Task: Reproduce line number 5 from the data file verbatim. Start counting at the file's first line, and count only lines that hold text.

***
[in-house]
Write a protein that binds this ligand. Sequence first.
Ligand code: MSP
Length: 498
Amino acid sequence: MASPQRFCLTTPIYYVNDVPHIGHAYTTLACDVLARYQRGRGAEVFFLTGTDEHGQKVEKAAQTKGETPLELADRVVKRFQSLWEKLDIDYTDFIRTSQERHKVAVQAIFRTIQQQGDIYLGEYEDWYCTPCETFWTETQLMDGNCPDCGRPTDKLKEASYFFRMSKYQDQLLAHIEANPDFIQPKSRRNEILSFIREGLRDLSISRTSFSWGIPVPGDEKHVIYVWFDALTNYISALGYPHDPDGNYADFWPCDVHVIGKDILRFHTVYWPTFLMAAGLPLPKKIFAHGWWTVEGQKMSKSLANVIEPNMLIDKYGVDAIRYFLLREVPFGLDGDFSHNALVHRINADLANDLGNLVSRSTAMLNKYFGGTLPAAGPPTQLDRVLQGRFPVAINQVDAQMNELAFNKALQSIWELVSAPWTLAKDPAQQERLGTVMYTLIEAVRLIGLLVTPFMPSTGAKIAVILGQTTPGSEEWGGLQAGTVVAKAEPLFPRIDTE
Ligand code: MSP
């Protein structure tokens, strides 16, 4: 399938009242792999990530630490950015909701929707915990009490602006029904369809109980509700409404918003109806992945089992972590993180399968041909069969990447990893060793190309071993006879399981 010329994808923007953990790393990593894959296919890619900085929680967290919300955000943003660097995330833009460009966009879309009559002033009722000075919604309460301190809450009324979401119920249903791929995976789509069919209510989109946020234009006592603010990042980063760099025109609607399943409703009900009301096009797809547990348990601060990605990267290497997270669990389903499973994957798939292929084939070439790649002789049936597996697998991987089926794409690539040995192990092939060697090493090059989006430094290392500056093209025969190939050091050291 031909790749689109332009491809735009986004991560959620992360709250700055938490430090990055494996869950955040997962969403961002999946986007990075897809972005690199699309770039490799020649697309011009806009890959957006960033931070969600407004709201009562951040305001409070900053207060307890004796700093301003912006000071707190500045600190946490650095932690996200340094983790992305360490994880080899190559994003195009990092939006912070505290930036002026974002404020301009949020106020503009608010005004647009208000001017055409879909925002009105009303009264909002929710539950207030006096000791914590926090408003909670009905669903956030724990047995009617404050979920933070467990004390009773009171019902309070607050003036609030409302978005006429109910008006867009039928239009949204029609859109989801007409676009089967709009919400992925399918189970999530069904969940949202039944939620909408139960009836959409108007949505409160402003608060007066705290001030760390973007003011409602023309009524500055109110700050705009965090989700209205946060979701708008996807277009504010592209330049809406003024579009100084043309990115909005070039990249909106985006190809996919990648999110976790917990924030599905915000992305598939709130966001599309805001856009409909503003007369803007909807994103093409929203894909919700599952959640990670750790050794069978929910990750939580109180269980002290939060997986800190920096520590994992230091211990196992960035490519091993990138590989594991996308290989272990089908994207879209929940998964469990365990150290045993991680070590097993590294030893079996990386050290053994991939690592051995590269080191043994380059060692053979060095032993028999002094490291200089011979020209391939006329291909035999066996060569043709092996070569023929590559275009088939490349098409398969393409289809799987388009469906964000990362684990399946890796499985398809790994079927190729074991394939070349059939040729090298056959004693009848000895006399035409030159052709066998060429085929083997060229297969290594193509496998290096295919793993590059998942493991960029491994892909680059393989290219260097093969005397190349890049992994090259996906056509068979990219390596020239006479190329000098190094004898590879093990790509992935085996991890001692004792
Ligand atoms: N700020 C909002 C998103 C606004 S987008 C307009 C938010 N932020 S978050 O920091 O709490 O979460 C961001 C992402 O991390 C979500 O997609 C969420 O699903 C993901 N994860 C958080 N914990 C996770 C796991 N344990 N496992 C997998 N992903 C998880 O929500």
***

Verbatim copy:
Amino acid sequence: MASPQRFCLTTPIYYVNDVPHIGHAYTTLACDVLARYQRGRGAEVFFLTGTDEHGQKVEKAAQTKGETPLELADRVVKRFQSLWEKLDIDYTDFIRTSQERHKVAVQAIFRTIQQQGDIYLGEYEDWYCTPCETFWTETQLMDGNCPDCGRPTDKLKEASYFFRMSKYQDQLLAHIEANPDFIQPKSRRNEILSFIREGLRDLSISRTSFSWGIPVPGDEKHVIYVWFDALTNYISALGYPHDPDGNYADFWPCDVHVIGKDILRFHTVYWPTFLMAAGLPLPKKIFAHGWWTVEGQKMSKSLANVIEPNMLIDKYGVDAIRYFLLREVPFGLDGDFSHNALVHRINADLANDLGNLVSRSTAMLNKYFGGTLPAAGPPTQLDRVLQGRFPVAINQVDAQMNELAFNKALQSIWELVSAPWTLAKDPAQQERLGTVMYTLIEAVRLIGLLVTPFMPSTGAKIAVILGQTTPGSEEWGGLQAGTVVAKAEPLFPRIDTE